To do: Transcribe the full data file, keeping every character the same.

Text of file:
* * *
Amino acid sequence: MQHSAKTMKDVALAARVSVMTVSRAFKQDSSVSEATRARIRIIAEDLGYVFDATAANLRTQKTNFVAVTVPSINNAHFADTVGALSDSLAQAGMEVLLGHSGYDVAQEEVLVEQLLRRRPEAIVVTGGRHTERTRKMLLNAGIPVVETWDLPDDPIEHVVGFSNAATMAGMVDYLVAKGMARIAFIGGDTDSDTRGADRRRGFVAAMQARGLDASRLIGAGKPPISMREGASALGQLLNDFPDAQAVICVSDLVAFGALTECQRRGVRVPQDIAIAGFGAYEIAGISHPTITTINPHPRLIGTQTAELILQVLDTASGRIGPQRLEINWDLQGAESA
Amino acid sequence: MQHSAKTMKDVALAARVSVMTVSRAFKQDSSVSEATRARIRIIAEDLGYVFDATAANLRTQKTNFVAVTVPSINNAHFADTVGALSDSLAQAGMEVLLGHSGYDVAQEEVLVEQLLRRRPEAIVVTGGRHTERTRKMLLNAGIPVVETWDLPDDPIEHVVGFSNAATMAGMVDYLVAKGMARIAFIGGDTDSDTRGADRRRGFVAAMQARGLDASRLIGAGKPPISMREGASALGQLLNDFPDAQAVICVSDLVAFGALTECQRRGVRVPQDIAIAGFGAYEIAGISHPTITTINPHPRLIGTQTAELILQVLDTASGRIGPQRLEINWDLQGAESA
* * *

Amino acid sequence: MQHSAKTMKDVALAARVSVMTVSRAFKQDSSVSEATRARIRIIAEDLGYVFDATAANLRTQKTNFVAVTVPSINNAHFADTVGALSDSLAQAGMEVLLGHSGYDVAQEEVLVEQLLRRRPEAIVVTGGRHTERTRKMLLNAGIPVVETWDLPDDPIEHVVGFSNAATMAGMVDYLVAKGMARIAFIGGDTDSDTRGADRRRGFVAAMQARGLDASRLIGAGKPPISMREGASALGQLLNDFPDAQAVICVSDLVAFGALTECQRRGVRVPQDIAIAGFGAYEIAGISHPTITTINPHPRLIGTQTAELILQVLDTASGRIGPQRLEINWDLQGAESA
Amino acid sequence: MQHSAKTMKDVALAARVSVMTVSRAFKQDSSVSEATRARIRIIAEDLGYVFDATAANLRTQKTNFVAVTVPSINNAHFADTVGALSDSLAQAGMEVLLGHSGYDVAQEEVLVEQLLRRRPEAIVVTGGRHTERTRKMLLNAGIPVVETWDLPDDPIEHVVGFSNAATMAGMVDYLVAKGMARIAFIGGDTDSDTRGADRRRGFVAAMQARGLDASRLIGAGKPPISMREGASALGQLLNDFPDAQAVICVSDLVAFGALTECQRRGVRVPQDIAIAGFGAYEIAGISHPTITTINPHPRLIGTQTAELILQVLDTASGRIGPQRLEINWDLQGAESA